April 14, 2008
After thirty-one years of getting paper paychecks or pay stubs, tomorrow will mark the first occasion of my receiving an electronic pay statement. My employer, in an effort to avoid paying the increased mass mailing postage rate, has decided to stop mailing associates, who use direct deposit, pay stubs. Over the course of a year they estimate this will save the company in the neighborhood of $80,000.
The online site, provided by ADP, allows me to view and or print my pay checks, and shows a handy list of this year’s activity by default. My employer has been generous in providing ample information about the switch, given us all a full month (two pay cycles) to get used to the idea. However, I still find the idea of not having an official, printed pay stub unnerving. Somewhere in a box I have years and years worth of old pay stubs, carefully clipped together by year. Yes, they are gathering dust, and yes, I probably won’t ever need to look at them again, but I have them. I can touch them. With the switch to electronic pay statements I lose the physicalness of my pay.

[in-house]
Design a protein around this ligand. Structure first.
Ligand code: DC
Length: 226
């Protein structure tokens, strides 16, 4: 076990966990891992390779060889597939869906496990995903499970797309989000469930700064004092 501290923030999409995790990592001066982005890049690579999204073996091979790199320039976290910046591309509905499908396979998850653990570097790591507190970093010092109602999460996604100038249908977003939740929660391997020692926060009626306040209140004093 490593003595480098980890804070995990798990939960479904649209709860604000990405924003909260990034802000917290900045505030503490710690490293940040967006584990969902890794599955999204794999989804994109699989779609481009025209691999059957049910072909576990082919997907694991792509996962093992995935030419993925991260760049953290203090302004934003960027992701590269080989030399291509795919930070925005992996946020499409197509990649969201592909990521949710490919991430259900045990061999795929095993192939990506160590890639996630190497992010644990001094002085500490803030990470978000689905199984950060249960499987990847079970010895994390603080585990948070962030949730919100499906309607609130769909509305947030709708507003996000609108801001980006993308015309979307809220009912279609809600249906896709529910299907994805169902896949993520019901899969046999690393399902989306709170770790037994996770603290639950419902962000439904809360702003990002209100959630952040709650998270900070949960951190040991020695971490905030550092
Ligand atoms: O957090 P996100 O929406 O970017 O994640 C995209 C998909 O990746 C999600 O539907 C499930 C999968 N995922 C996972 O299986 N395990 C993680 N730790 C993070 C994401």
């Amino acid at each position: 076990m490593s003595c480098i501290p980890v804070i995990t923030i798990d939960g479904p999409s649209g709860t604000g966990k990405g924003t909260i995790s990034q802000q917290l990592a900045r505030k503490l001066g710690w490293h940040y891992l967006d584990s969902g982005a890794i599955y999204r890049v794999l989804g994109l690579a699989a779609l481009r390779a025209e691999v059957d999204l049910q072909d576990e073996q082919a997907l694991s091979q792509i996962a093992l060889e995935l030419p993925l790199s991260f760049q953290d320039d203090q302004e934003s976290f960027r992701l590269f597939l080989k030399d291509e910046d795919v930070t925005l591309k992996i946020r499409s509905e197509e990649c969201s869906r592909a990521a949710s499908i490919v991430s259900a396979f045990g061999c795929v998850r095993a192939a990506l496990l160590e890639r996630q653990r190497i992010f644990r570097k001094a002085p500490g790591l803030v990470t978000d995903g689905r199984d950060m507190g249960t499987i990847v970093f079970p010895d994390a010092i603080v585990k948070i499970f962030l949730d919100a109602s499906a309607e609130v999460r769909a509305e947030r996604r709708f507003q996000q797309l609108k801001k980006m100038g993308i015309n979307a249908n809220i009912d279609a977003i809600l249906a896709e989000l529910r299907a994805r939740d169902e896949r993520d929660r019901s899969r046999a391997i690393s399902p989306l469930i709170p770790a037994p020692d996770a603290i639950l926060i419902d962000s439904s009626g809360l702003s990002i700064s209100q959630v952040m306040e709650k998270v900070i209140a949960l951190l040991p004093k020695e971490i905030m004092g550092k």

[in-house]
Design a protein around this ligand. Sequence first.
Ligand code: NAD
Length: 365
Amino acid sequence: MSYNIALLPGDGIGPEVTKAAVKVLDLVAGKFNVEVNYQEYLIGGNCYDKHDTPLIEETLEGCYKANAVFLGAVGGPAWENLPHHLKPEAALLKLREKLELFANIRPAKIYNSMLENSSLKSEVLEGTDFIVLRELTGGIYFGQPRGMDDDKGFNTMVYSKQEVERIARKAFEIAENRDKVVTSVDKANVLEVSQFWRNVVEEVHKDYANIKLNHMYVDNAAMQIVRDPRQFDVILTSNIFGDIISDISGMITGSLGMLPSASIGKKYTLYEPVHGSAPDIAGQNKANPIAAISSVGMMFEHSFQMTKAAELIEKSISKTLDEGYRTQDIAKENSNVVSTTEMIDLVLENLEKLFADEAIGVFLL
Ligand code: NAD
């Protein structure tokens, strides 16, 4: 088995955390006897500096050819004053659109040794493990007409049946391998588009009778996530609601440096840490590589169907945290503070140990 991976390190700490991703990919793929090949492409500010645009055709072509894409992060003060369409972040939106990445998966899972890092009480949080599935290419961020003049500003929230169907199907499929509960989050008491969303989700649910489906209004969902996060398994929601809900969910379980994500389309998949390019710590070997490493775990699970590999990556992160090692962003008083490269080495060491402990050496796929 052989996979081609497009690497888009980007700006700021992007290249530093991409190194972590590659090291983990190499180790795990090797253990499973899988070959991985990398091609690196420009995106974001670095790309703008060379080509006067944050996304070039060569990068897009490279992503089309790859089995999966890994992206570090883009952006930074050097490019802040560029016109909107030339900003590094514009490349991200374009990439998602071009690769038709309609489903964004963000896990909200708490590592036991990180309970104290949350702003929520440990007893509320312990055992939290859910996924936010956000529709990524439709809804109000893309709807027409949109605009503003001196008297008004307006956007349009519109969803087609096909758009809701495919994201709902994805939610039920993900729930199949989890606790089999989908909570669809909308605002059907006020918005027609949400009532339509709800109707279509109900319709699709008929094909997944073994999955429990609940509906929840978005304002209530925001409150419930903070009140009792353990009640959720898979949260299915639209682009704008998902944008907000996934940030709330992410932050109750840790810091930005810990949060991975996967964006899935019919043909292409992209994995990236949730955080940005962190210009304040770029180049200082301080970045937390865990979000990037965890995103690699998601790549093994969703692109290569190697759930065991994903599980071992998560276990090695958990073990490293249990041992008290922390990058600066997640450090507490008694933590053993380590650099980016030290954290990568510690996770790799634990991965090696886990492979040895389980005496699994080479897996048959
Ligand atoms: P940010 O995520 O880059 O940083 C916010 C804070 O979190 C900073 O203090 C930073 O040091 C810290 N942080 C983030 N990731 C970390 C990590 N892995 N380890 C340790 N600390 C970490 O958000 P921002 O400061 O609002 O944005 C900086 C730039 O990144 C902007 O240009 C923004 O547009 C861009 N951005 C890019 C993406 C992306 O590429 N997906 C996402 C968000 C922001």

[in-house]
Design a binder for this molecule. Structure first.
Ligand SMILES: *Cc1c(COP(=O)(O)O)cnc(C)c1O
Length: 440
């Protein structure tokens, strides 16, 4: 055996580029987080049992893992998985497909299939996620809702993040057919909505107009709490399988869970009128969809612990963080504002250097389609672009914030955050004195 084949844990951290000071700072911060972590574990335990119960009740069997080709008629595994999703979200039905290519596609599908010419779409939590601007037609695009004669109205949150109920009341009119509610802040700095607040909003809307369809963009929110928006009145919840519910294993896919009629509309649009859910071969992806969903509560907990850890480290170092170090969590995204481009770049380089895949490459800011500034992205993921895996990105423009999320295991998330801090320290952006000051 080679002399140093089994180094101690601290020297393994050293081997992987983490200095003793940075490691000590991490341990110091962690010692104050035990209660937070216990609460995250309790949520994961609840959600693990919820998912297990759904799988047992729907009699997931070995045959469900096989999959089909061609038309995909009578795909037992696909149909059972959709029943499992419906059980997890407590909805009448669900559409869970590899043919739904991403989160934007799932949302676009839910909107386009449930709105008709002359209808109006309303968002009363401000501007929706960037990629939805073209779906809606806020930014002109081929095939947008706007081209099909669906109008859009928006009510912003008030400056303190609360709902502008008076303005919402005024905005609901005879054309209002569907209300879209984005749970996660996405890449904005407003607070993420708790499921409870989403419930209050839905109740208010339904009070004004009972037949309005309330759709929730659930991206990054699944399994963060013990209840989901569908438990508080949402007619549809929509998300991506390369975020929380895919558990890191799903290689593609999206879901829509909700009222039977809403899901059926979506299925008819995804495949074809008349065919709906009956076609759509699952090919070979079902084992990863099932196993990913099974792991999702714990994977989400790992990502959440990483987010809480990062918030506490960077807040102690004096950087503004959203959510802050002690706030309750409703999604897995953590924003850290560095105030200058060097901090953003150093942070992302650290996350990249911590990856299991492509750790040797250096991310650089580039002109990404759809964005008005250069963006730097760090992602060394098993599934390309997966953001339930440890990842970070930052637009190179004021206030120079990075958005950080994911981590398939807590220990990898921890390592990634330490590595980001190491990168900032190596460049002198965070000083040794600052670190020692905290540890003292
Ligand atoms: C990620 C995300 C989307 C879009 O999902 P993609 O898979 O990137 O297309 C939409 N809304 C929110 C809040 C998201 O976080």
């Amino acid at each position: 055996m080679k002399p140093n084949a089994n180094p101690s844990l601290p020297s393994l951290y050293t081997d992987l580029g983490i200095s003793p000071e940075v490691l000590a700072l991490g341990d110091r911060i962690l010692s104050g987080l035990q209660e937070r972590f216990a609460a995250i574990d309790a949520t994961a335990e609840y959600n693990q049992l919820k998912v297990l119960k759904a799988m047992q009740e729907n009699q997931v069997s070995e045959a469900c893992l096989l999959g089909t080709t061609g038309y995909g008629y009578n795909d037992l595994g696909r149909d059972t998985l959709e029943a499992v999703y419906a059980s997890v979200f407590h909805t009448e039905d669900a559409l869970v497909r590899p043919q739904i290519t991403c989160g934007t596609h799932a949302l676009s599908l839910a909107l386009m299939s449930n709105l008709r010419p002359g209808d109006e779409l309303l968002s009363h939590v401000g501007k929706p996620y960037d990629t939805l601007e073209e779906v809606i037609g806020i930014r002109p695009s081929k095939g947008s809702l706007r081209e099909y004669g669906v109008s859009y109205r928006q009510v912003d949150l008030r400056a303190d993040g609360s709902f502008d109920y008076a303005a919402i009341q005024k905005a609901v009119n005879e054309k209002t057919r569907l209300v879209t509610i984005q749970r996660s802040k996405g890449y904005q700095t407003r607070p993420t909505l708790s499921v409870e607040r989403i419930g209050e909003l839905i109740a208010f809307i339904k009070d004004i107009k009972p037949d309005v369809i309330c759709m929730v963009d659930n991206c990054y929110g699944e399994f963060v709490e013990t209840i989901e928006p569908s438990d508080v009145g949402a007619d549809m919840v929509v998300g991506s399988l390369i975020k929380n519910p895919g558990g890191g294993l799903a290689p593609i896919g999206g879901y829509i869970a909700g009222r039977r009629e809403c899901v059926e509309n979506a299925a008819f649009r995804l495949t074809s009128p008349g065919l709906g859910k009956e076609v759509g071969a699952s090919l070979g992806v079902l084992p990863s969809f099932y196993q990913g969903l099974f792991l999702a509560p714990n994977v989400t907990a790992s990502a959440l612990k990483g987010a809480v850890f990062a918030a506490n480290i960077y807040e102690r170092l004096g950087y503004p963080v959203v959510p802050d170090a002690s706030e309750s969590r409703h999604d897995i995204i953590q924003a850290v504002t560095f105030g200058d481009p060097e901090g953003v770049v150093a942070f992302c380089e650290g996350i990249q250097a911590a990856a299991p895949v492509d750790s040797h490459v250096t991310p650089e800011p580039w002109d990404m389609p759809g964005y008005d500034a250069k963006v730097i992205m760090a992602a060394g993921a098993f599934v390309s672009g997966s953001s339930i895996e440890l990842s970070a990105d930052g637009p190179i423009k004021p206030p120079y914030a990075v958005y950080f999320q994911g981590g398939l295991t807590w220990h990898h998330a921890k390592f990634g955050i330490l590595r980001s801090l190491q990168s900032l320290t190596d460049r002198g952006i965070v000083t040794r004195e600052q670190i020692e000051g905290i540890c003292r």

Now my pay is truly just a stream of digits electronically transmitted between my employer’s bank and my credit union. My purchases are increasingly all electronic as well, I can go weeks without any cash in my pockets, so I suppose it is fitting that the income is paperless now, too.
Still, I think we’ll be printing off the electronic statements and saving the paper copy in a drawer or a box for a while. Old dogs can (and do) learn new tricks, but just the ones they like.